Tune Talk: “College Park” Album Review

Cover for Logic’s new album, “College Park.”

Layne Barnes, Staff Writer

After a prodigious, though bloated, farewell album to Def Jam Records in early 2022, called “Vinyl Days,” and entrance back into independence, Logic, while now owning his masters, returned, debuting his independent album, “College Park.” And it is one of, if not the, most polished album within his discography. 


“College Park” is a conceptual album that takes skits, voiced by Logic, C Dot Castro, Big Lenbo, and more that are placed in 2011, and blends elements from Logic’s past experiences that subsequently lead into his current life experiences. The concept of these skits broadly give an indication of what each skit focuses upon, and the follow-up song highlights the focal point of that skit from the perspective of Logic in 2023. These skits loosely highlight themes such as drug abuse, alcohol addiction, and more throughout the album. 


These skits play on a story. They’re about Logic and some friends riding around through College Park, located in Maryland, who  are set to perform a gig later that same day. These skits have moments of banter between friends and humorous dialogue, but also include aspects of self-reflection, his come up, and hopes for his future, as well as highlighting themes of drug abuse, alcohol addiction, and more.


An example of reflection and high hopes within these skits is in the outro song titled ‘Lightyear.” In this skit, the setting is after Logic’s gig. Logic asks if people want to go out and get something to eat, but most decline and have to be elsewhere soo they all head their separate ways. As they’ve all dispersed, Logic is in the car with one of his friends, and Logic looks confused, excited, and worried at the same time. Logic details that he wants to be able to do other things within music. He doesn’t want to be in his fifties, rapping like the vein in his head is about to explode. He wants to sing, play guitar, he doesn’t want to just play it safe. His friend says just keep doing what you’re doing, and keep spreading that positivity, who knows where you’ll be in ten years. And as the skit comes to its close, it subtly fades into Logic singing and he says, “And now I am here, lightyears away from where I used to be.” Within the first line Logic already is reflecting upon his youth in the music world and where he stands now.


Now skits aside, the music, the soundscape, the lyrics, it’s all compacted together wonderfully. As the album has a story, and one quite easy to follow, it really makes this album shine. With sounds almost similar to his previous album, those sounds don’t lose their value at all as the beats throughout the album are diverse from one another. From the highly recurring soft-beat drums and loops of instruments at times, to its more uncommon loud horns and speaker-knocking drums, it keeps its soundscape a surprise to the listener. It has its moments where some things could be cut down in a way, but the features elevate these sounds. With great features from recurring collaborators C Dot Castro and Big Lenbo to a variety of new faces within Logic’s music such as Norah Jones, Joey Bada$$, Redman, and even Seth McFarlane. Norah Jones’s beautiful voice compliments her inclusion into the album so well, along with Redman and Joey Bada$$, who both keep on par rapping with Logic in their moments in the album. But the most surprising is Seth McFarlane. Seth McFarlane channeled his inner Frank Sinatra, and delivers such a magical and pivotal moment on the album. His vocal range and brute confidence leaking from his moment on the album, easily makes Seth’s feature the most surprising and even most noteworthy feature throughout the whole album.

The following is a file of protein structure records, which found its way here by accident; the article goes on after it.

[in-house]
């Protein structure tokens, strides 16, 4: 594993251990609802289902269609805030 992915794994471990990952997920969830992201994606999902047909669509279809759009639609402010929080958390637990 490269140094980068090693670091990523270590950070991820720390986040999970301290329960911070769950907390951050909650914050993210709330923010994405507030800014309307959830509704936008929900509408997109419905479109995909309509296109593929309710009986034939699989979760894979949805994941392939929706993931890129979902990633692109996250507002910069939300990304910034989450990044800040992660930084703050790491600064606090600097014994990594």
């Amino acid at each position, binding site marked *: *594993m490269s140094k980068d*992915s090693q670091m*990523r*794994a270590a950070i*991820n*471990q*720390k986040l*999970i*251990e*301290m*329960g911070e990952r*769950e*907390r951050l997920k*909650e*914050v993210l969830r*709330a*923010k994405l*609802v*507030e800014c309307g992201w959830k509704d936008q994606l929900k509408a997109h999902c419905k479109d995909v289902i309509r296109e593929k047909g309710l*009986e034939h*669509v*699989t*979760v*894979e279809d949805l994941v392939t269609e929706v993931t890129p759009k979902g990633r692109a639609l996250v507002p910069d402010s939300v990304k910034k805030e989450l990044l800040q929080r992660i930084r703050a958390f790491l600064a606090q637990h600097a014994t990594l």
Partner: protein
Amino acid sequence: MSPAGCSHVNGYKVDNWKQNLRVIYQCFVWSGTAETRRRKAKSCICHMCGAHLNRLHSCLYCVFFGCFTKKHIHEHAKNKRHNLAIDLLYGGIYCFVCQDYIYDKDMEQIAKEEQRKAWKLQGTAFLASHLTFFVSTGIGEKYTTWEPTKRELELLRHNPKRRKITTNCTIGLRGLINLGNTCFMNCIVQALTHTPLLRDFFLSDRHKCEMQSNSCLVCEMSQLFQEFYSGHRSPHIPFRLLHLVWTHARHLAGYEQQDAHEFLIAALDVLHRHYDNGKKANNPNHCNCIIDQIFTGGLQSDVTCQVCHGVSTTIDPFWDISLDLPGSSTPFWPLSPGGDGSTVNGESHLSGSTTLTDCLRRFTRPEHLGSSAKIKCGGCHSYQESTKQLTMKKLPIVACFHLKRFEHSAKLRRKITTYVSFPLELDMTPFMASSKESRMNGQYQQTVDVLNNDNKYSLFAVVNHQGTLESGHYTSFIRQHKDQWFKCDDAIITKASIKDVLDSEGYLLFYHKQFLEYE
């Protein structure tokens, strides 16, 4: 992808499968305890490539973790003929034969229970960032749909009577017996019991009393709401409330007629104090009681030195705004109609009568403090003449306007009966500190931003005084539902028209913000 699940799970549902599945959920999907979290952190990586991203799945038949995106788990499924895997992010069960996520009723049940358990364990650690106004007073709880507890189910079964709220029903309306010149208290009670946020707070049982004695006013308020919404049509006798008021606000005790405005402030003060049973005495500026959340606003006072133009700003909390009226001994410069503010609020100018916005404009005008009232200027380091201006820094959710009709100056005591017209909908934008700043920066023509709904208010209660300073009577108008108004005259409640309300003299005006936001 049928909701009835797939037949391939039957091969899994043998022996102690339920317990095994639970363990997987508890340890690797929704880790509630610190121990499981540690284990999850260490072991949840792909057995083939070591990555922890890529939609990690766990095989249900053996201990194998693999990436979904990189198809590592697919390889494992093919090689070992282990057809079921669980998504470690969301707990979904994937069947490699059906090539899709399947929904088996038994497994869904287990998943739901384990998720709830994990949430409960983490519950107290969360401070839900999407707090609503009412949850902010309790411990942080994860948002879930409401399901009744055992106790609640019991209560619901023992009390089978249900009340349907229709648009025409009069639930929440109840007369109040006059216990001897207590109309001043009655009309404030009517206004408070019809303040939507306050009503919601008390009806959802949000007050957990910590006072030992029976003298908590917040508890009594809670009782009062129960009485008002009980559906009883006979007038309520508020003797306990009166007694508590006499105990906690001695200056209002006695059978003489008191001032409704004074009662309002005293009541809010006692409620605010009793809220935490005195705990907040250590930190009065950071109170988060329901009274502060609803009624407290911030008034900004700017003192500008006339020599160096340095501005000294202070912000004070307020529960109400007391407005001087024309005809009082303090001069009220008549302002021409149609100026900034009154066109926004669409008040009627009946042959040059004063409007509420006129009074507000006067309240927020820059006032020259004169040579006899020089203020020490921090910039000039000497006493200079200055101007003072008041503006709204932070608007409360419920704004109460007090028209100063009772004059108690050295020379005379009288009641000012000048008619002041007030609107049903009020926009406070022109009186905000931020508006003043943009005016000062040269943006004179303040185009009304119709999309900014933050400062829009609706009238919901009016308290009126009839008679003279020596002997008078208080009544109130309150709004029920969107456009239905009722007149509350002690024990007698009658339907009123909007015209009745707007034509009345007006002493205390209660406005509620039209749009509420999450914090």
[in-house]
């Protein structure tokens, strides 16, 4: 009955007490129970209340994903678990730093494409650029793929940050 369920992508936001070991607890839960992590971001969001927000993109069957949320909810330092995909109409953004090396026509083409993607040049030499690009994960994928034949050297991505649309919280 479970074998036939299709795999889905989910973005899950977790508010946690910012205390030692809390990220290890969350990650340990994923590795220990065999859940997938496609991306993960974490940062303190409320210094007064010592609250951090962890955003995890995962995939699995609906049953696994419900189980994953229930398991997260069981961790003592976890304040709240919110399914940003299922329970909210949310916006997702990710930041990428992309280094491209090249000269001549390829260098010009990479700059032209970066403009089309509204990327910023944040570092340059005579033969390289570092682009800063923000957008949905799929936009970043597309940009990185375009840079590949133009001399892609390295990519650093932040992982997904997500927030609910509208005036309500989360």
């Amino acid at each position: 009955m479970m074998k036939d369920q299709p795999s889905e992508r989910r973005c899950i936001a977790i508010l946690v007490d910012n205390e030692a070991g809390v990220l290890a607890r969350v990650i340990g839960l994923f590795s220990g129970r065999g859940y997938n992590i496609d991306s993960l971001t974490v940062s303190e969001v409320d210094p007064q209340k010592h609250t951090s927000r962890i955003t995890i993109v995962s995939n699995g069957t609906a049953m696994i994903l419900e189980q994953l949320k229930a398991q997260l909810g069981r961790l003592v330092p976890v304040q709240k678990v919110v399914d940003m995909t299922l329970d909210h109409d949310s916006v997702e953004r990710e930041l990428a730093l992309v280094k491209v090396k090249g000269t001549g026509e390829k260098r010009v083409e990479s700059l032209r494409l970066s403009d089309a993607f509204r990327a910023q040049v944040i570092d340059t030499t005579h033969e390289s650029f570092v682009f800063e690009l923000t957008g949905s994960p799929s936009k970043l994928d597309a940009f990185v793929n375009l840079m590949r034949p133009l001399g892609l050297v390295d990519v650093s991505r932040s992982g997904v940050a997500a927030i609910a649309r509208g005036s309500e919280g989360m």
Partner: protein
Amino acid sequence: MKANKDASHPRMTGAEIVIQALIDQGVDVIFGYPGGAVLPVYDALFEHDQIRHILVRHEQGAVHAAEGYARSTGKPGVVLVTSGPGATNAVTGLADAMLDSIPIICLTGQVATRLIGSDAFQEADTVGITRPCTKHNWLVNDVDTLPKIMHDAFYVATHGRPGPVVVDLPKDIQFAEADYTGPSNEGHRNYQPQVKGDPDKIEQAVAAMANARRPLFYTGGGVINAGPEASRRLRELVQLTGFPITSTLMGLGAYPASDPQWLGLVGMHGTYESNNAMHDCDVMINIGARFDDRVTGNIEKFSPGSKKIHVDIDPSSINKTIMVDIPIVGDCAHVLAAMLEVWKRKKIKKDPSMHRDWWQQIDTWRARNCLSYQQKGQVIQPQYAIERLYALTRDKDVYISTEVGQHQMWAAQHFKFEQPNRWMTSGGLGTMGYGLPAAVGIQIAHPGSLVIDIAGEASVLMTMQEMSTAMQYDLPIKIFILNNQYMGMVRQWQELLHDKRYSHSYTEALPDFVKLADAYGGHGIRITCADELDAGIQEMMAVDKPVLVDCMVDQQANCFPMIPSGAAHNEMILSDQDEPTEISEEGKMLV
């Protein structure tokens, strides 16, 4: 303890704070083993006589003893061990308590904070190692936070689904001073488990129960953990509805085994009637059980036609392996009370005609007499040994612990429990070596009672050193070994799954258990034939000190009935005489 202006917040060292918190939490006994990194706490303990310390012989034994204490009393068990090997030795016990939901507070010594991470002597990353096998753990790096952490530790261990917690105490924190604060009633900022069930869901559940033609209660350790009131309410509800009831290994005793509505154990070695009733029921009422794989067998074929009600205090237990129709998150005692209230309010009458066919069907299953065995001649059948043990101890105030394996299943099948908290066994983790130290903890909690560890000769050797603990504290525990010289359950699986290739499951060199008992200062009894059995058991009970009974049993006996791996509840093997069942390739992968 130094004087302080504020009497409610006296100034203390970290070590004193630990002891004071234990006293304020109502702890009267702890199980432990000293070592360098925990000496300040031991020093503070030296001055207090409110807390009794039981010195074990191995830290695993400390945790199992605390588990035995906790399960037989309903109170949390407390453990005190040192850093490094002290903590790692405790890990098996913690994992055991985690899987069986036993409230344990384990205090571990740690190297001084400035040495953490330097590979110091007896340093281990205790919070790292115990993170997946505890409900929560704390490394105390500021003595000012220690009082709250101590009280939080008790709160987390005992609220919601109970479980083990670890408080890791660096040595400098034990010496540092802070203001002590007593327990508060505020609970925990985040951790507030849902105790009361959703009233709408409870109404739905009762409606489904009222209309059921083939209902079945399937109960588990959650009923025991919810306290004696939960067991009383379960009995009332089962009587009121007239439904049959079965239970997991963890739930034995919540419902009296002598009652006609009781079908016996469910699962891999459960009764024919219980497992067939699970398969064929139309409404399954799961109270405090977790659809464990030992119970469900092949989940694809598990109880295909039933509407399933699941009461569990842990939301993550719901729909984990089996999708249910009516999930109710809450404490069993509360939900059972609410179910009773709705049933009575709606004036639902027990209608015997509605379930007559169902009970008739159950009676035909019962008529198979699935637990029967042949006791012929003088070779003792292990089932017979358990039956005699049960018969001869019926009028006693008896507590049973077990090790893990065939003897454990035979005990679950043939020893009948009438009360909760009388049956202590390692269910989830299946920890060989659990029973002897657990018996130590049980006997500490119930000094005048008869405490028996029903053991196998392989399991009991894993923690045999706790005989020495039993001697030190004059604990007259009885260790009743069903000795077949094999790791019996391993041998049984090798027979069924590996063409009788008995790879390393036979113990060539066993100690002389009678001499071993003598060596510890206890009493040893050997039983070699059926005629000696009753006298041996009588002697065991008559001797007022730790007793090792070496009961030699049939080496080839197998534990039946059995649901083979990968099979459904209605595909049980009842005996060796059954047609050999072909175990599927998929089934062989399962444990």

Logic has been on a complete tear with his recent releases, and his ability to bring out the full potential in his collaborators is something that needs to be talked about more. His ability in crafting and combining sounds, combined with his talent in rap, all adds up greatly, as well as being able to tell a story through music while the story takes places from decades apart, and do it so well it truly represents what Logic is, and capable of. Logic, from being one of the most teased about artists, to now having control of his music and the creative freedom to do whatever to the music,  and honestly rewiring his name. It is no shot in the dark, or surprise that Logic has released an early contender for rap album of the year.